Wake up call needed in finding alternatives to oil
By Sonia K.
Begawan Mudim Dato Paduka Hj Bakar, Minister of Industry and
Primary Resources. – JASON LEONG
“Over the past 25 years, since Brunei achieved independence, the quality of life has improved, even
education and health wise. Brunei now enjoys a high level of education and the number of graduates has
also increased, which proves not only the increase in the quality of life but also the improvements made.”
These remarks were made by Pehin Orang Kaya Seri Utama Dato Seri Setia Awg Hj Yahya bin Begawan
Mudim Dato Paduka Hj Bakar, Minister of Industry and Primary Resources, in an exclusive interview, on his
personal observations and opinions of the nation’s development thus far and on his thoughts for the future.
“In terms of nation building, 25 years is still very young. We still have a long way to go in terms of nation
building,” the minister emphasised.
Speaking about the Ministry of Industry and Primary Resources’ (MIPR) future focuses, the minister
highlighted the “number one priority is the country’s food security, which is where the ministry’s current rice
production project comes in”.
“Commercially it is not going to make a good business activity, but for the nation’s food security, we have to
do it, even with high costs.”
“This is a social and security issue,” the minister pointed out, “Particularly the staple food such as rice,
poultry and vegetables. This is something we have been tasked to do.”
For this project, MIPR has set an ambitious target of being able to self-sufficiently produce 20 per cent of its
rice production by 2010, with a threefold increase of up to 60 per cent in self-sufficiency by 2015.
According to the minister, at the moment, Brunei can only achieve three per cent self-sufficiency rate, “which
is why this has to be done to address the country’s food security issue”.
“Over the 25 years, we are still facing the same scenario in terms of market access; the market size in
Brunei is very small and the competitiveness of our industries may hinder our ability to compete outside
Brunei,” the minister pointed out.
“The ministry is addressing and finding solutions in order to help the local industries. Currently, there are
some hidden subsidies in many of the industries we promote. For example, we charge very low (rates) for
industrial sites in order to help businesses reduce their costs. And that cannot be sustainable for long,” the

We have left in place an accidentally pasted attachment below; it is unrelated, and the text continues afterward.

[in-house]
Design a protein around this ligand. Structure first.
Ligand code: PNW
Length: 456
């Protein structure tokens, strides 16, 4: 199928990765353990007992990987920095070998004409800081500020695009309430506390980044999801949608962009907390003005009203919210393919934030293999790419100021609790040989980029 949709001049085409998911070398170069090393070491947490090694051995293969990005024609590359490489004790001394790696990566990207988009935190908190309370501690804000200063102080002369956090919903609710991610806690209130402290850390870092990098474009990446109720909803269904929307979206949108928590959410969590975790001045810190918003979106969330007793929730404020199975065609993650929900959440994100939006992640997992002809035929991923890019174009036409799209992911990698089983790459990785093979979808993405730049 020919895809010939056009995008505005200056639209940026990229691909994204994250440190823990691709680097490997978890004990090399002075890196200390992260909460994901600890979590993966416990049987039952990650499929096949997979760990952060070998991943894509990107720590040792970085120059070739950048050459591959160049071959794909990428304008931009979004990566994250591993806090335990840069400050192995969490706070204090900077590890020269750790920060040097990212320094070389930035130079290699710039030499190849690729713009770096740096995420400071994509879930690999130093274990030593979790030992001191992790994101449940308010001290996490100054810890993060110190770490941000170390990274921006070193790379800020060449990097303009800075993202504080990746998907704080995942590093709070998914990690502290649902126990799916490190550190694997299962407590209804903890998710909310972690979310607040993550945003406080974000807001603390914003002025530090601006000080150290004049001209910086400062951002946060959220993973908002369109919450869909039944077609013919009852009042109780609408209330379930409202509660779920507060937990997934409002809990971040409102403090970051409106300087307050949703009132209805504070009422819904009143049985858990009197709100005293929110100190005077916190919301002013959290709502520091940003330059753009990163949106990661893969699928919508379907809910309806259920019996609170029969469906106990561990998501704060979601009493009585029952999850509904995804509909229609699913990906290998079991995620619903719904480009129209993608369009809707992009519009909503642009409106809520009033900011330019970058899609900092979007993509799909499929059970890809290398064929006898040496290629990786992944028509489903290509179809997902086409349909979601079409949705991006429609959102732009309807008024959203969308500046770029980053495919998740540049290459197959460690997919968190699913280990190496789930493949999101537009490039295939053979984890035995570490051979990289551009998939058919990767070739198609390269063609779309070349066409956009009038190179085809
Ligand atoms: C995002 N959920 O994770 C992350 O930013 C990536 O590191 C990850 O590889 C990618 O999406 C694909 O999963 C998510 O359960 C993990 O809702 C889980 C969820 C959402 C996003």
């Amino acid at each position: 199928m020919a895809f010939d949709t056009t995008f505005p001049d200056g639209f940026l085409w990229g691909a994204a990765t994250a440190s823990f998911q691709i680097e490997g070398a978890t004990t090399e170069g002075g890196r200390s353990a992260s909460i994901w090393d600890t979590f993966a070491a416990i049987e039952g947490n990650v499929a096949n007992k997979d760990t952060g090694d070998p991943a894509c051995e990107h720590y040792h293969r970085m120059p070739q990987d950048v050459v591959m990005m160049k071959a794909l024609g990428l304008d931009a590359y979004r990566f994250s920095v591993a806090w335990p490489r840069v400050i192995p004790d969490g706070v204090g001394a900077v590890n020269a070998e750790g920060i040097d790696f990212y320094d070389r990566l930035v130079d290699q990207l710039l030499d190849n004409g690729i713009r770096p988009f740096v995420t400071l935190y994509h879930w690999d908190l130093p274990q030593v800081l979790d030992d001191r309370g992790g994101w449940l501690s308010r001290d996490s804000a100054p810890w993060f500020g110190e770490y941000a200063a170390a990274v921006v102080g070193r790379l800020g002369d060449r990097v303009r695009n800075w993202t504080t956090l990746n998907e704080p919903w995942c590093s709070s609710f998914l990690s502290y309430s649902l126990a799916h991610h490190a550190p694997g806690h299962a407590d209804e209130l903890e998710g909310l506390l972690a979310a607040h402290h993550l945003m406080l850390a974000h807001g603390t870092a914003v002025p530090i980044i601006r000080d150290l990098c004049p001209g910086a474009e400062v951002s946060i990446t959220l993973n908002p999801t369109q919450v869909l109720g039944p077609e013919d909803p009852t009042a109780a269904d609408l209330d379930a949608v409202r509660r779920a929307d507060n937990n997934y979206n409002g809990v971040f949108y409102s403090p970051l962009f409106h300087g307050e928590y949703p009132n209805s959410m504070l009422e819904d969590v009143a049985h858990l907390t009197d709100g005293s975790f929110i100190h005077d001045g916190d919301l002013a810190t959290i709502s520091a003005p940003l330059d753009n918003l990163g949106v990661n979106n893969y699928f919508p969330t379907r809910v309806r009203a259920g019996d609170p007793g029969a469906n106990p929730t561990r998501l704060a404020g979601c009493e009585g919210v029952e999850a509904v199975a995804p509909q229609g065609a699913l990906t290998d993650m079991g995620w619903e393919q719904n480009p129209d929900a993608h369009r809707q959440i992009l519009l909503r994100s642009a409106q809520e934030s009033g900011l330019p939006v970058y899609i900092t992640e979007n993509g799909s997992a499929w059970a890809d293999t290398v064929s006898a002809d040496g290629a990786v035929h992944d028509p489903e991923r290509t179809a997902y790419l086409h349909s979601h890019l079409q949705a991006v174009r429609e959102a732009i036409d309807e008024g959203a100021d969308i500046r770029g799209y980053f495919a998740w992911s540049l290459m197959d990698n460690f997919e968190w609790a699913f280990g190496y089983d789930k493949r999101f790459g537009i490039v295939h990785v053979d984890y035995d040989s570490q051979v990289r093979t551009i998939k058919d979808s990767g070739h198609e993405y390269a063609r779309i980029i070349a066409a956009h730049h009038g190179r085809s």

One of the ways of achieving this is through education. “There is a growing need to educate the current and
future young generations. Educating them on the need to set up a viable and sustainable economic activity,”
the minister said.
“The sort of quality industries that MIPR is looking for are those that are able to provide added values and
spin offs, especially those with a niche activity.”
One such focus is the Brunei Halal Brand. “We hope to create more downstream or upstream activities in the
Halal food area. This has always been on the table. We have always been promoting our Halal brand and
are not losing sight of this,” the minister explained.
Another important area that MIPR is looking into is the aquaculture sector.
“This is a cluster industry by itself and it is something that we feel can work. We are now figuring out how this
can be conducive and how to make it more cost effective, as well as creating a niche on an area we can
capture because of the specific quality of aquaculture products we can produce,” Pehin Dato Hj Yahya said.
“Brunei may not be able to compete with the likes of Vietnam, Taiwan and Brazil in terms of their quality and
prawn production or other seafood but we are still able to look for a niche market where we will have the
The tourism sector is also another area that MIPR has focused on promoting.
“This already has its own carriage; small, medium enterprises (SMEs) will be assisted if we can successfully
develop the tourism sector especially for the service industry such as hoteliers, transport operators, caterers
as well as travel agents.”
“However, right now, MIPR is trying to emphasise on the local products that Brunei can offer to tourists. This
is where the ‘Kenali Negara Kitani’ (KNK) project comes in,” the minister pointed out.
“KNK’s intention is to showcase the local products that Brunei has to offer in order to attract tourists,” Pehin
Dato Hj Yahya explained.
The ministry also has other plans in the pipeline to upgrade and improve public facilities in the country in
areas such as beaches, which are aimed at developing domestic tourism.
Aside from embarking on a domestically driven KNK project, MIPR is also trying to capitalise on the niche
tourism attraction of the Temburong rainforest. “This is a premium tourism product for tourists because
Brunei has dedicated a big chunk of its jungles to the Heart of Borneo initiative,” the minister said.
On a more personal note, the minister shared his views on the nation’s development over the past 25 years.
“I am thankful that the country’s peace, security and tranquillity have been maintained and that we have
been spared from natural calamities such as tsunamis and earthquakes,” the minister said.
When asked about his personal comments for the future, the minister explained: “As for our future focus, we
still have a lot to do. MIPR’s focus in sustainable activities has to be attended or addressed. We need to
seriously start looking into what were to happen if oil runs out? The diversification efforts need to be thought
through seriously and the non-oil sector activities have to be developed.”
“We need to give the current generation a wake up call. Because the current activities are not sustainable,
we need to start having alternative activities that can take over the oil sector.”